All that’s kept us going into Fuller’s flagship plasticky, faux-posh corporate pubs for the past decade is the beer. We go to the Old Fish Market in Bristol because we crave that distinctive yeast character once in a while, not for the branded coffee and gin experience in surroundings that resemble a hotel lobby.

We don’t know how this will turn out. We’re not going to boycott Fuller’s. We’re not ‘butthurt’. But something in the relationship has changed, and we will probably end up drinking less Fuller’s beer without thinking much about it.

17 thoughts on “Feelings about Fuller’s”

  1. Very much enjoyed reading this, thanks for the time– and personal feelings– you put into it. It will be interesting to see if more information comes out later on about the timing of this.

    I’d read Adrian Tierney-Jones’s official “Fuller’s” book and as a result (unusually for me) had a fairly good knowledge of the entire history of the company. Had really hoped they would buck the trend and remain family-owned forever.

    I had noticed them making a push, within the last 5 or 10 ten years, to get Pride or ESB on the bar in certain places over here in the States. Perhaps that in itself was a sign of their ambitions– maybe they hope to join that small club of UK beers that are regularly seen all over the world, in the manner of Guinness. (Which in itself sounds a little sad, now that I type it!)

  2. Enjoyed the anonymous quote from an employee there, particularly the bit about brands and growth being meaningless to customers.

    I’m a relatively new fan of Fullers, after years of ignoring it after too many dodgy pints of stale Pride in bland corporate pubs.

    What ignited my newfound interest was several fantastic pints of “Gales” HSB in various pubs in Hampshire when I moved there about 3 years ago . I’m too young to have been aware of old Gales so when I read up on the history I decided to give Fullers another chance purely on the quality of the beer.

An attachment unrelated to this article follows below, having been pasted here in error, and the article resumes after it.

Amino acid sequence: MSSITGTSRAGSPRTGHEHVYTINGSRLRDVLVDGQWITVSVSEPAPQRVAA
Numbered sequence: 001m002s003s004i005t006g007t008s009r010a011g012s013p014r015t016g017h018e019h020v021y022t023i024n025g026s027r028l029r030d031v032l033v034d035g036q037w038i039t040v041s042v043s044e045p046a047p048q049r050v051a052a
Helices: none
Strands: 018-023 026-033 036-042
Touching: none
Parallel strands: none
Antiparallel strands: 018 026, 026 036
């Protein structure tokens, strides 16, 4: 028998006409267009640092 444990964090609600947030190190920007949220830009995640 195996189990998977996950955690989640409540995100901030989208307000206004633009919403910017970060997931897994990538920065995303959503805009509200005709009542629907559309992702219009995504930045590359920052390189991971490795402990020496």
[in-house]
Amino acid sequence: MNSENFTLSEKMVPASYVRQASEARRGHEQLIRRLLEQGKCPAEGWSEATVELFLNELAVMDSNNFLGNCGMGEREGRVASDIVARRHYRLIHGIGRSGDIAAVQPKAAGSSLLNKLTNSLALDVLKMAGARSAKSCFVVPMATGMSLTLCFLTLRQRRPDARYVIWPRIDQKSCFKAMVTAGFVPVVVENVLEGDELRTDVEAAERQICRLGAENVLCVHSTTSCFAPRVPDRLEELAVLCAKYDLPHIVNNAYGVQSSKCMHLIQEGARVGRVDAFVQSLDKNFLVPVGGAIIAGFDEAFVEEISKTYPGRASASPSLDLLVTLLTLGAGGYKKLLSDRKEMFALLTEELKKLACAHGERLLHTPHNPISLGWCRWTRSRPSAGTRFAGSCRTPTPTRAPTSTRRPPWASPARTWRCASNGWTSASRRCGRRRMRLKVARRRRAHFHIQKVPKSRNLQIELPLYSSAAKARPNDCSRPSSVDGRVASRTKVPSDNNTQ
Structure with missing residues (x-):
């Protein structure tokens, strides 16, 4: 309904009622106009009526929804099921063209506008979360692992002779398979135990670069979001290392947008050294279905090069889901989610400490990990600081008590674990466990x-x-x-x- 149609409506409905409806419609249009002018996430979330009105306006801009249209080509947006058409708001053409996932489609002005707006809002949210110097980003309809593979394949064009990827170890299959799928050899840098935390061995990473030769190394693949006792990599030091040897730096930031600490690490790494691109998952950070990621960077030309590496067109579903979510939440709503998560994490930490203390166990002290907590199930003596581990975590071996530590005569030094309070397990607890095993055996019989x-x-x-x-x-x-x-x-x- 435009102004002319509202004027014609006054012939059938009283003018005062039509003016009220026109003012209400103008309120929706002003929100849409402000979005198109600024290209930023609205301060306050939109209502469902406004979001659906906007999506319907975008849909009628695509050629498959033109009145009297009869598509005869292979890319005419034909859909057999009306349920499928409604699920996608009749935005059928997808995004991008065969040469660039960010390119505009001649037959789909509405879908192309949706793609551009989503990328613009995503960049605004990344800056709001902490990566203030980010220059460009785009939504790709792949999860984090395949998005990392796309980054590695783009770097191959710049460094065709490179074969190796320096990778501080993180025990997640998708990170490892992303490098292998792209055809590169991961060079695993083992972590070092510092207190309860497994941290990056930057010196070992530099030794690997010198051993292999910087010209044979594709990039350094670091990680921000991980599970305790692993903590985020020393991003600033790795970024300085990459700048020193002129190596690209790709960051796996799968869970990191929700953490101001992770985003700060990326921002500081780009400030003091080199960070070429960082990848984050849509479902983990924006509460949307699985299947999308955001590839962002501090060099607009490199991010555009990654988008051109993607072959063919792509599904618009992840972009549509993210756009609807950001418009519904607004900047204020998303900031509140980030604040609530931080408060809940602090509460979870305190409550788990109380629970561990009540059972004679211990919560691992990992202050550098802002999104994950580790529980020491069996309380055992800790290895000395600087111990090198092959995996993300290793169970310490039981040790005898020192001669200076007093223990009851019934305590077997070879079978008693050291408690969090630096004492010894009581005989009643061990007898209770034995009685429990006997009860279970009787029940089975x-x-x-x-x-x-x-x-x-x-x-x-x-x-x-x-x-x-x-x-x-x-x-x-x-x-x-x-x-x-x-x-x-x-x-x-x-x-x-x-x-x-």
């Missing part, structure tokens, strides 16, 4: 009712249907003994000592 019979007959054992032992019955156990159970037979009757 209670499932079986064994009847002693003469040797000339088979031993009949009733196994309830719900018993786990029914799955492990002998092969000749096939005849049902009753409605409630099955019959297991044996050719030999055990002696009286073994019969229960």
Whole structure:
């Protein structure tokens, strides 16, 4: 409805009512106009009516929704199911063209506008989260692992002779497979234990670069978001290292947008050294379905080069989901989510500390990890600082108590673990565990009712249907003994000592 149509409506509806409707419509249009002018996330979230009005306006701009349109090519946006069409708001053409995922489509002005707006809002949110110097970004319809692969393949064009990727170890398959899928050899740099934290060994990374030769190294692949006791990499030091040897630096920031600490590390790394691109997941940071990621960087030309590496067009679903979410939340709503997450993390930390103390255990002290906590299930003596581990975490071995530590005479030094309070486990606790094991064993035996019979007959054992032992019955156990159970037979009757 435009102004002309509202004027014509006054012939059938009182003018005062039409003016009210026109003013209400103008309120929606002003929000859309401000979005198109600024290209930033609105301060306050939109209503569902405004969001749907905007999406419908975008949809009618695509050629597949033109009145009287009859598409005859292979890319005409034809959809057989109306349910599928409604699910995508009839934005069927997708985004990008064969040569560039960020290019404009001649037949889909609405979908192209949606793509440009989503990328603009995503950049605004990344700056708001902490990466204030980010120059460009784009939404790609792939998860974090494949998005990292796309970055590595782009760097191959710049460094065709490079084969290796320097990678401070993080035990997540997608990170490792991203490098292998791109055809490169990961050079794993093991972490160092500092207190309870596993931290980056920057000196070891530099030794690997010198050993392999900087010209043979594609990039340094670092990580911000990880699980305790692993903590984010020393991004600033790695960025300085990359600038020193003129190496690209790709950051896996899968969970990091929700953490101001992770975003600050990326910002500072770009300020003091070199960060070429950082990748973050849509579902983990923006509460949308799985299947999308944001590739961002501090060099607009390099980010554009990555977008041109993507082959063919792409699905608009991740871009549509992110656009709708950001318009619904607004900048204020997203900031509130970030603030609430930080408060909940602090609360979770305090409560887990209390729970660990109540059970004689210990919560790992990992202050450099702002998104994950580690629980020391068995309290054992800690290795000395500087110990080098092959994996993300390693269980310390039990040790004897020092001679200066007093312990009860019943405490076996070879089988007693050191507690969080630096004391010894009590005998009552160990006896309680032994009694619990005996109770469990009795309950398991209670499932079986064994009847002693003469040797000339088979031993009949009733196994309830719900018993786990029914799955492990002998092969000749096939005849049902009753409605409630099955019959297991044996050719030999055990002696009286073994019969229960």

Couple that with the collaboration box to appeal to my “crafty” side, some positive publicity around the Head Brewers past and present, and many more fantastic pints in the Wykeham Arms in Winchester and I was completely sold on Fullers being a brewery with more skill and integrity than I’d realised. Bottles of ESB quickly replaced tins of average American style IPAs in my cupboard.

    Back in London now, my Friday evening post-work local is a newly refurbed, corporate-style Fullers hotel/pub, it’s saving grace being tasty pints of Pride, which probably tasted better knowing that they were from a local, historic, independent brewery. I’ll no doubt still be sinking a fair few there, but from now on always with one eye on the quality, and with an underlying disappointment that I’m just buying into faceless big beer.

  3. Well written, strives for the balance beer historians view whilst also giving the gutt level reaction. I don’t see a lot of fullers up this end of the country so easy to think of as another supermarket brand . (Not helped by odd encounters with it in badly run chain pubs ) but they have been the best of the national brands /old family regional brewers . Think I’ll go now read blogs from when fullers bought dark star :a lot of the voices then offering reassurance may now be revising their views .

  4. In conversation the word “butthurt” usually seems to convey “hello, I’m a school bully and you’re a loser”, so I wouldn’t say I’m ‘butthurt’ either. I am gutted, though. Pride hasn’t been what it was for some time now, but ESB and 1845 are still great beers, and some of the Past Masters have been terrific – and that’s not to mention the Dark Star portfolio, which must now be under even greater threat of ‘rationalisation’. It’s possible the new owners will make sure all of those beers keep coming, in bottle and cask, to the same standards as before – but it doesn’t seem very likely (particularly if the brewery was FST’s loss-making division, as one of those quotes suggests).